“Show me a sane man and I will cure him for you.” Carl Gustav Jung
Does your dearest tend to madden you?
We all want to take the best care of our loved ones, to cherish, support and protect them at all times, and to make them feel as if they were the most valued and beloved people ever. Yet, way too often we tend to burst out in anger at our most beloved, or otherwise hurt them by being impatient, unresponsive or sarcastic. In fact, most of us save our worst behaviors to the ones we love the most.
We must wonder why there is such a shocking discrepancy between our good will and our shameful behaviors.
One reason is that our loved ones are often so infuriating.
Another, deeper one, is that they’re the ones with whom we share the strongest feelings and the highest expectations. Besides, we idiotically expect them to know what drive us nuts, even if we don’t know it ourselves, and to always take that into account.
When a colleague of mine is late and doesn’t call, for example, I assume he’s lost his way and will arrive soon. When my spouse, the one who vowed to cherish and protect me, is both late AND doesn’t call, it inevitably means he doesn’t love me anymore. No wonder I’m furious at the poor bastard.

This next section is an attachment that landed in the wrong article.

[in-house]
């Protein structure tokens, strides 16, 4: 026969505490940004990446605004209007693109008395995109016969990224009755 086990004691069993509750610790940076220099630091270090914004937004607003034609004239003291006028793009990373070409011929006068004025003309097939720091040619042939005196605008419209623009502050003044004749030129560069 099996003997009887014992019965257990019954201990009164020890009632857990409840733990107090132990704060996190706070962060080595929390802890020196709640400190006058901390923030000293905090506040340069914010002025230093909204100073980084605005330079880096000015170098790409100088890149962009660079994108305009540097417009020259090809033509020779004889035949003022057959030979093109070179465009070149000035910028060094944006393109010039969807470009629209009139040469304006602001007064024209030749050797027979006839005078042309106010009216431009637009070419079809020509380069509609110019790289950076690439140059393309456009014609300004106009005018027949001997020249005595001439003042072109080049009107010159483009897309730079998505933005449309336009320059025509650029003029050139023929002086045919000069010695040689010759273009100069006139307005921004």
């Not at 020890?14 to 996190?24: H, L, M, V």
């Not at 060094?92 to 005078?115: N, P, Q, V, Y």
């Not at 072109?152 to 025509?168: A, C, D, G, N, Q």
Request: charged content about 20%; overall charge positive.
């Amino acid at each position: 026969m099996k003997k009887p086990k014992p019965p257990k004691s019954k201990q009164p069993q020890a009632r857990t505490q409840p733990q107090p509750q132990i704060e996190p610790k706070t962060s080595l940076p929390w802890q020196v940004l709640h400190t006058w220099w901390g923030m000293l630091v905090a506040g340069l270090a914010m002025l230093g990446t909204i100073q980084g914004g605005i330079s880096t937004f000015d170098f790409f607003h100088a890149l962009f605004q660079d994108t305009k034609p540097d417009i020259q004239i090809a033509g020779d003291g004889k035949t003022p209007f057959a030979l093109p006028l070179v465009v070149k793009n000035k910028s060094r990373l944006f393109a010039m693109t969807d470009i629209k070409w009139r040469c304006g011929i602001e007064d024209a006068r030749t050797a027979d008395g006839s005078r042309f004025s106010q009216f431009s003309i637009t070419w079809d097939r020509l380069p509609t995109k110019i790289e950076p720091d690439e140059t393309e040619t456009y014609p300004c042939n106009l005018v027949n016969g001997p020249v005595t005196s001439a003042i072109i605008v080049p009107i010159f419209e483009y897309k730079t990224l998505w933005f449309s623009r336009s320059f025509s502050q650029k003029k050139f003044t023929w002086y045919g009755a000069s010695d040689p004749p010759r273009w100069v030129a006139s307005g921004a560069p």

Learning what drives us crazy can help us stop behaving so melodramatically. Identifying our activating buttons can help us stay away from them, and cope better if they’re still pushed, and our inner demons pop up.
To recognize our demons, we better start by looking at some events in which we lost it.
I, as you already know, hate it when my beloved spouse doesn’t call me in advance when he returns home late. One must be really egoistic, I find myself thinking, to leave me practicaly all alone at home. (Being with plenty of pets, descendants and friends doesn’t reduce my need of my dear worse-half).
How can he leave me waiting, not knowing when he’ll do me the favor of showing up? I seethe. His disappearance proves beyond all doubt that he has forgotten me altogether. When, and if, he returns, I should get out and leave him to this damn vagueness, too. Indeed, I have nowhere to go to, but teaching him a lesson is worth the trouble of wandering around for a while, isn’t it? That will serve him right!